Actively looking for a problem comes before constructing the cyber security solution

By Tom Lee, Account Director

During the must-attend cyber security event in the calendar, Infosecurity Europe 2019, the interdependent aspects of complexity, risk and resilience will be keynote topics. One of these three stands out above the rest for me, and that subject is risk. Risk management and mitigation have changed rapidly in only the last two years, in a similar vein to that of the wider cyber security industry itself. So, how has risk management changed, and what role has PR and communications played?

Image credit: KnowledgeHut

Up until the last two to three years, the cyber security industry had been dominated by technology that actively searches for and finds problems, rather than products that solve problems. While this might initially seem crazy, there will always be a place for technologies such as anti-virus and firewalls, because they do provide a base layer of protection – and so minimise risk.

We witness disruptive technology every day because, at Whiteoaks, we work with many fast-growth tech businesses, and these are largely innovative in nature. As a result of working directly with these clients, I’ve noticed two completely contradicting technologies emerge that require Chief Information Security Officers (CISOs) to have entirely different mindsets to adopt them.

The first is mitigation technology. While you might say this has been around for years, which it has, mitigation technology has had a spotlight shone onto it since data breaches have become what seems like a daily occurrence in a little under two years. This technology relies on is acceptance; acceptance that your organisation will suffer a breach of some kind. Moreover, when it does fall victim of a breach, the software and systems limit the damage.

The second is a technology that takes risk off the table almost entirely. We’ve been fortunate enough to work with a company that does this, and that’s Glasswall Solutions. The company’s technology, FileTrustTM for Email, is prone to scepticism because, in truth, even in a competitive market like cyber security, it’s such a rare find. Stan Black, the CISO of Citrix, succinctly explains how it works and how he no longer worries about risk in emails, here. It’ll be 60 seconds well spent, I promise.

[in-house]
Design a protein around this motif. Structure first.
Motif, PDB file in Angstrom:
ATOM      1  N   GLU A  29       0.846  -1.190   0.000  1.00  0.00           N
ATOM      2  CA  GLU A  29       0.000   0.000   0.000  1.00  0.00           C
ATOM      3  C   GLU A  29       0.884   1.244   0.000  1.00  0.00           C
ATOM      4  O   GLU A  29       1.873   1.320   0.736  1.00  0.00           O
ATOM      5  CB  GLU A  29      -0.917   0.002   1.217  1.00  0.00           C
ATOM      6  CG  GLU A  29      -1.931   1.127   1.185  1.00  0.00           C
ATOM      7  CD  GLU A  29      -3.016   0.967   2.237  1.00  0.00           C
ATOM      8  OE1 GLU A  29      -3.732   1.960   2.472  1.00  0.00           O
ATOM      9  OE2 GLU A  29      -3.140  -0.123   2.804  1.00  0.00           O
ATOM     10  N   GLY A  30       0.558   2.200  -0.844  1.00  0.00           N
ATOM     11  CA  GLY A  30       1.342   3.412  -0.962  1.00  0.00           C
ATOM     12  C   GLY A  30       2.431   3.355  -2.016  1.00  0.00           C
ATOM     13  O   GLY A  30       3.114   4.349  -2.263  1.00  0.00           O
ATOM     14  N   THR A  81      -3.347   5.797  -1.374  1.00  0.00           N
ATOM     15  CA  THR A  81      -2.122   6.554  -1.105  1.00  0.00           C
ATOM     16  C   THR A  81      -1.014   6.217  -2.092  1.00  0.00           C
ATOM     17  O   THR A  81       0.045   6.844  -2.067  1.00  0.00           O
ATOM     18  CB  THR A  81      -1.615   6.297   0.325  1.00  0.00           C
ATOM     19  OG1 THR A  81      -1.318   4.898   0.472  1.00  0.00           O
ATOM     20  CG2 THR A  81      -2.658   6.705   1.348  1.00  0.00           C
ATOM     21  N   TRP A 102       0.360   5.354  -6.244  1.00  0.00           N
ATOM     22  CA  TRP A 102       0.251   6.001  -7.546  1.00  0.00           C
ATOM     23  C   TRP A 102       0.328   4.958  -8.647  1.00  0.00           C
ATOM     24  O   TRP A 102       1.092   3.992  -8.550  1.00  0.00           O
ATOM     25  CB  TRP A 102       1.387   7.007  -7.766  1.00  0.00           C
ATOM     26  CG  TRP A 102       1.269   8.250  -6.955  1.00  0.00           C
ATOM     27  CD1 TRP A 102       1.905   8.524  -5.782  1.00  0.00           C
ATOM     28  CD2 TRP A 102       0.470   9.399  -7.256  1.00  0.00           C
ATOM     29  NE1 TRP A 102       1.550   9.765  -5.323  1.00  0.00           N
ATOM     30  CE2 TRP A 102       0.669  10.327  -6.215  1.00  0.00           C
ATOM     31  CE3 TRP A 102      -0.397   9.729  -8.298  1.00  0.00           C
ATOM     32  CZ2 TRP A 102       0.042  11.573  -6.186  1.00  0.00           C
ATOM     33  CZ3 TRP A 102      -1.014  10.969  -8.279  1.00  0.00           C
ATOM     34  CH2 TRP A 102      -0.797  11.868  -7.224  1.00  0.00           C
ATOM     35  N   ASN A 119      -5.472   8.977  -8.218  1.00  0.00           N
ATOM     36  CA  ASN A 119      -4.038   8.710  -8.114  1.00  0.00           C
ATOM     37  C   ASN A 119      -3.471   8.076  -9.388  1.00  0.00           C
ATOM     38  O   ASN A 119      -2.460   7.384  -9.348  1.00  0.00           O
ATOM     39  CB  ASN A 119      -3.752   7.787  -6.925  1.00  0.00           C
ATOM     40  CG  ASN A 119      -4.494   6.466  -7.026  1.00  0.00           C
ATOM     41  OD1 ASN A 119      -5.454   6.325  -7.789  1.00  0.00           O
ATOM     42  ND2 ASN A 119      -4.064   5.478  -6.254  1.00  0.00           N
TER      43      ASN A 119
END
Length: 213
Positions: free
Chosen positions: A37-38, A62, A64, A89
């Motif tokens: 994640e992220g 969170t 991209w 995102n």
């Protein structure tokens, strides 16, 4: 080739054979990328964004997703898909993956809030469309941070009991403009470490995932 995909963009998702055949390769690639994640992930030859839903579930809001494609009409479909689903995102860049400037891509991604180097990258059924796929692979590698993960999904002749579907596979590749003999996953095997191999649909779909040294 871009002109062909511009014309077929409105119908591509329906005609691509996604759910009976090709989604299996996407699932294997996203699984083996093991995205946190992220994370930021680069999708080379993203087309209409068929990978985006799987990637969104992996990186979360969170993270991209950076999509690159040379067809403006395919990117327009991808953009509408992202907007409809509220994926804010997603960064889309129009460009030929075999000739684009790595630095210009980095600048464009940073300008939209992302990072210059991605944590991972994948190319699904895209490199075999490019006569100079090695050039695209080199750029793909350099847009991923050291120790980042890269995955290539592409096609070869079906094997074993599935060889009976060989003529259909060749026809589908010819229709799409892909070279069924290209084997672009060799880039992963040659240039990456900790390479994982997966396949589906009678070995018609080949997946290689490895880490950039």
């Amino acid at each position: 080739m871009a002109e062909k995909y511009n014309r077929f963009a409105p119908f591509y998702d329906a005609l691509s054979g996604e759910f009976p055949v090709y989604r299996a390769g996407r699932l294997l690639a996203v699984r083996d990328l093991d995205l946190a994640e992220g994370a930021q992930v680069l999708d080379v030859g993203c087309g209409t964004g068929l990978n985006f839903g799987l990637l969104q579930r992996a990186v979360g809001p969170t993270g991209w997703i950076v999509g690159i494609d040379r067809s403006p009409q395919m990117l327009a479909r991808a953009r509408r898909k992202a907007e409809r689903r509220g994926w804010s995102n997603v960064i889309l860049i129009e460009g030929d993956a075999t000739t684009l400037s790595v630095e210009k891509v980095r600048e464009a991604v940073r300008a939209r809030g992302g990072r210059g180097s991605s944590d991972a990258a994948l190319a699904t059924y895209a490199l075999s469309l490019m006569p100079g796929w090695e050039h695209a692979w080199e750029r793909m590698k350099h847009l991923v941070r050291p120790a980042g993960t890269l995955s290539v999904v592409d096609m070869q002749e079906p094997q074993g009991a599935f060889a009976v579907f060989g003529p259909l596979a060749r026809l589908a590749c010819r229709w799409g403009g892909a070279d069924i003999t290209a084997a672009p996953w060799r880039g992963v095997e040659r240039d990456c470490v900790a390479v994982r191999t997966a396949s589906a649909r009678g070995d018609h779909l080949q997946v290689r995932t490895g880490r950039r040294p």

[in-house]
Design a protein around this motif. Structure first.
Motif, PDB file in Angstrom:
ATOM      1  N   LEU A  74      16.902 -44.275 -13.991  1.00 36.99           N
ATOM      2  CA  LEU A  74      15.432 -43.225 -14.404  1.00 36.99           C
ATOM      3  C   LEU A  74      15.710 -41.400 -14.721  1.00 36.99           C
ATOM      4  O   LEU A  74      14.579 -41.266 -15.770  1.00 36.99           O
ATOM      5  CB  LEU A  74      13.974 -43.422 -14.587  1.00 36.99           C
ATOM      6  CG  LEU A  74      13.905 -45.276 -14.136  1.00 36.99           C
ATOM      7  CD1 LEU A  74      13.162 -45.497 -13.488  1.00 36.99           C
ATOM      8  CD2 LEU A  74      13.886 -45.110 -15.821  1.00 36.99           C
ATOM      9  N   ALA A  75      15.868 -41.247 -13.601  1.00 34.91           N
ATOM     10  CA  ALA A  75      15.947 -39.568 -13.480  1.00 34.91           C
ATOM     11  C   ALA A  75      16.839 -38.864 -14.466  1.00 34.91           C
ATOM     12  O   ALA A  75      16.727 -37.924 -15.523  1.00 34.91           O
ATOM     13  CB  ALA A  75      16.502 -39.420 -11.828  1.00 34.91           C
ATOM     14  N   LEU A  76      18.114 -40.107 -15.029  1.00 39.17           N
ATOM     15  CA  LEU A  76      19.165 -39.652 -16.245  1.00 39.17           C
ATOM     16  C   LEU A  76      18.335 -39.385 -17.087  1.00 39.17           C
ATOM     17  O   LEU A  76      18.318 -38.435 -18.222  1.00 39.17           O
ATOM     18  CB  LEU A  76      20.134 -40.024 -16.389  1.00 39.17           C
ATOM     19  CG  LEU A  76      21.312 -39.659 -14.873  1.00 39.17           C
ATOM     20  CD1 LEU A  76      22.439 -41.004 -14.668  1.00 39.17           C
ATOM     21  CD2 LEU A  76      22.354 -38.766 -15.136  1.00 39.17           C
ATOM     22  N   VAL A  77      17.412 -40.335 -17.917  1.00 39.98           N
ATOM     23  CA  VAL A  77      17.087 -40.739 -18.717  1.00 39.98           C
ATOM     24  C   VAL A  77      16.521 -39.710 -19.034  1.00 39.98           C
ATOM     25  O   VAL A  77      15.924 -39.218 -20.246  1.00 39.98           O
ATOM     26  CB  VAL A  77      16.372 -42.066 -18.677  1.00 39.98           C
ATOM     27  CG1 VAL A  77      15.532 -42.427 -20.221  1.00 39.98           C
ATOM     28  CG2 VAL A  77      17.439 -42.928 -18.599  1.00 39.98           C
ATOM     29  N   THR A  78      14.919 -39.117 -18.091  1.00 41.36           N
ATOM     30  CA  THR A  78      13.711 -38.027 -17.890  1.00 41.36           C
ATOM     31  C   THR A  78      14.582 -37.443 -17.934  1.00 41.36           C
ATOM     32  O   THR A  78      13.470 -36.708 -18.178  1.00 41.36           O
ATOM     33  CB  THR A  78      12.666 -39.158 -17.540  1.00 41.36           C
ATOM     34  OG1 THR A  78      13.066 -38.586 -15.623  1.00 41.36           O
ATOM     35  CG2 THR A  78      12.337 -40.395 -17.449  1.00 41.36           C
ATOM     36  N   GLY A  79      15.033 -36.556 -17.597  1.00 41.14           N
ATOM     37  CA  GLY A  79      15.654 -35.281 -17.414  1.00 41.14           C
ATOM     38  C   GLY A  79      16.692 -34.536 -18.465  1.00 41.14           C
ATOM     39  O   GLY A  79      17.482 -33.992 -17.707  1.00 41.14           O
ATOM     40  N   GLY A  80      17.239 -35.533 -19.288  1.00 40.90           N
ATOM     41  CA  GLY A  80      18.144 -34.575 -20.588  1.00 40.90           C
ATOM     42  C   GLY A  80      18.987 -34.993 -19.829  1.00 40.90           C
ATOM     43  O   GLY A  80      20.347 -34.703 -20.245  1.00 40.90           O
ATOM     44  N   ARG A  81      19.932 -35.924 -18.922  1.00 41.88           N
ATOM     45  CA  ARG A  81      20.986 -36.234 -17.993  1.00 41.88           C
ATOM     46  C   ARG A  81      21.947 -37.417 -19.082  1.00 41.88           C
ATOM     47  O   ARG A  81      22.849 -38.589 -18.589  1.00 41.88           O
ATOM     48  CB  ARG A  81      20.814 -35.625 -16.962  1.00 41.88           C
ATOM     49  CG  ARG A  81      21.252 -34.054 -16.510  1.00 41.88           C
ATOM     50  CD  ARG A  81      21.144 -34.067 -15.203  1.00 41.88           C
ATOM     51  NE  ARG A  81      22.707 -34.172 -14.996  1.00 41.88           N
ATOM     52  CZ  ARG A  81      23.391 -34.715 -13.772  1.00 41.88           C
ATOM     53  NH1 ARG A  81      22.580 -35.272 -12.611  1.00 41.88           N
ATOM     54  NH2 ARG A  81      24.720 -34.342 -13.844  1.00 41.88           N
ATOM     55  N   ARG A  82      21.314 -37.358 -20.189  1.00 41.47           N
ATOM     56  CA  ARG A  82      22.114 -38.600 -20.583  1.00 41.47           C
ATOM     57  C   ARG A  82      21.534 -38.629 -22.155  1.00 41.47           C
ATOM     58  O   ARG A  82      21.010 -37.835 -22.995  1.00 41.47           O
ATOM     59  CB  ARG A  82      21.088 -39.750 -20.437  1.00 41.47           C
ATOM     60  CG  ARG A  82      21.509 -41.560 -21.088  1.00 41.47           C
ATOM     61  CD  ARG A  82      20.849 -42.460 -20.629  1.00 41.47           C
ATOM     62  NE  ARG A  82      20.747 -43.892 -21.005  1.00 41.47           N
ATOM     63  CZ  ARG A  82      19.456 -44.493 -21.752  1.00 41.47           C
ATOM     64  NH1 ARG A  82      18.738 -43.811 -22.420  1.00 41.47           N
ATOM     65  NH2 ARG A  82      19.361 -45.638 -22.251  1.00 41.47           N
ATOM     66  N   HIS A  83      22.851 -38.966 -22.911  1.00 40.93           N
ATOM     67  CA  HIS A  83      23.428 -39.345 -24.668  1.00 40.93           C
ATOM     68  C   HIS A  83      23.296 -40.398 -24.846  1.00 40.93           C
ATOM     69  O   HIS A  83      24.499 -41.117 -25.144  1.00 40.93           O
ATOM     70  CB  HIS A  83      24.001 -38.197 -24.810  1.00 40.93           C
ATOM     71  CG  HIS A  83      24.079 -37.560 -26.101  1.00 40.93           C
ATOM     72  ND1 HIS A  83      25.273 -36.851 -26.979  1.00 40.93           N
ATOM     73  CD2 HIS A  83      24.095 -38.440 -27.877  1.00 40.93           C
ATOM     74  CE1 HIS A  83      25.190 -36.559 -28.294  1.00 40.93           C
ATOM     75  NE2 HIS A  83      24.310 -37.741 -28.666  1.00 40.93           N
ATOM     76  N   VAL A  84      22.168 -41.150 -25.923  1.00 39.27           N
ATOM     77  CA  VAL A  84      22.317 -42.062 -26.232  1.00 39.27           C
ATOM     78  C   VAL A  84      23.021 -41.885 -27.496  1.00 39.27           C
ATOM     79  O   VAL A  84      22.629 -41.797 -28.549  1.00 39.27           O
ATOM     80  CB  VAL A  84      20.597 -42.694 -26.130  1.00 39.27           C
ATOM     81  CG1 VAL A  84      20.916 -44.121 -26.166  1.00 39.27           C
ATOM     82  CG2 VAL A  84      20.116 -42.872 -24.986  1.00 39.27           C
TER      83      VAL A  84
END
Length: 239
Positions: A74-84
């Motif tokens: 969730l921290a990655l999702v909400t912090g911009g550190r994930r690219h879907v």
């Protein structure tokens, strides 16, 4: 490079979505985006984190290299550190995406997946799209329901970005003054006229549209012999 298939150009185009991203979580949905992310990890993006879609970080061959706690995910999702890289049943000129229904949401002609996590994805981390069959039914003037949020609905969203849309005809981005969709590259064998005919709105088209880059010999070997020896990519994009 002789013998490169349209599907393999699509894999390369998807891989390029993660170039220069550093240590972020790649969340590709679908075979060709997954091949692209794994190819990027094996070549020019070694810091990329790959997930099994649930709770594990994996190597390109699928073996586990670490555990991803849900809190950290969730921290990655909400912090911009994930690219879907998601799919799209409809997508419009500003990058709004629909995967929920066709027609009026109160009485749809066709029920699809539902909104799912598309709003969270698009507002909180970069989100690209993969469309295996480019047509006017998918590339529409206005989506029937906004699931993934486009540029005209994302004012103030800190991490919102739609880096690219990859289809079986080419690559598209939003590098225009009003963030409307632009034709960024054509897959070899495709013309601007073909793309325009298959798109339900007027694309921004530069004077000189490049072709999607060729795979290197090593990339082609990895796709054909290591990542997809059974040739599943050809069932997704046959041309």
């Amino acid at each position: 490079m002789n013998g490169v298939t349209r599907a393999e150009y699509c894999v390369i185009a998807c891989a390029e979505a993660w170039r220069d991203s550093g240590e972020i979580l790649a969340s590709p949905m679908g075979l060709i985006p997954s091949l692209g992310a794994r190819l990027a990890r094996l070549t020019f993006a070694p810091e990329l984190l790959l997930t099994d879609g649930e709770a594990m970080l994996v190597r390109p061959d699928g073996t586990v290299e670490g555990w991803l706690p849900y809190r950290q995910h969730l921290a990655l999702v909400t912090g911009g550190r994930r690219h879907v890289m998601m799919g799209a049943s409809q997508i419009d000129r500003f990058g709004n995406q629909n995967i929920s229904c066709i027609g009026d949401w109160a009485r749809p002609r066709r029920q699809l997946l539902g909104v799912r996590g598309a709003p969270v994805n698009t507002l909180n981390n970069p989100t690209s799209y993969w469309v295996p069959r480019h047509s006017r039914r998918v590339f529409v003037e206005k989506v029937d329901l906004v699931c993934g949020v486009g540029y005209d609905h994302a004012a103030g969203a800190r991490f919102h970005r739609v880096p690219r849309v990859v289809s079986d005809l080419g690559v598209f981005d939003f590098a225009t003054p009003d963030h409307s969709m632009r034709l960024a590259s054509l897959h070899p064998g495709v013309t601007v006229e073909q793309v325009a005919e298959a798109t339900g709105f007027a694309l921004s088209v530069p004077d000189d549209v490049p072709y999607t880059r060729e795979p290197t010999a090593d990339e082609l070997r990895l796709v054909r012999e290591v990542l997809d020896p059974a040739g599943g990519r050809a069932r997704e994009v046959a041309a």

And so the challenge that sits between both of these types of cyber security solutions being successful, and other disruptive technologies, is the same. Education. Our task as a PR agency has been to educate business customers across the globe and those operating across various vertical markets, of the value of these technologies. It’s almost impossible to change perceptions in the market without brand awareness. In most mature industries we’d advise that this can take three to six months to achieve.

However, cyber security as an industry isn’t as mature as others, and because of this, it’s possible to achieve significant impact in a shorter space of time.

Risk, and the inter-related topics of compliance and governance, will be a critical priority for journalists, vendors and customers at Infosecurity —and rightly so. The appetite for information and improvement is rife and therefore it’s an ideal opportunity to run a campaign after the show to raise brand awareness for your organisation. Disruptive, innovative cyber security is in demand, but only if you capitalise on the hype by speaking to the right influencers, at the right outlets to reach the right target audience. And for more on how we approach events for an integrated marketing approach, encompassing content, PR and social media, you can watch our latest webinar by clicking here.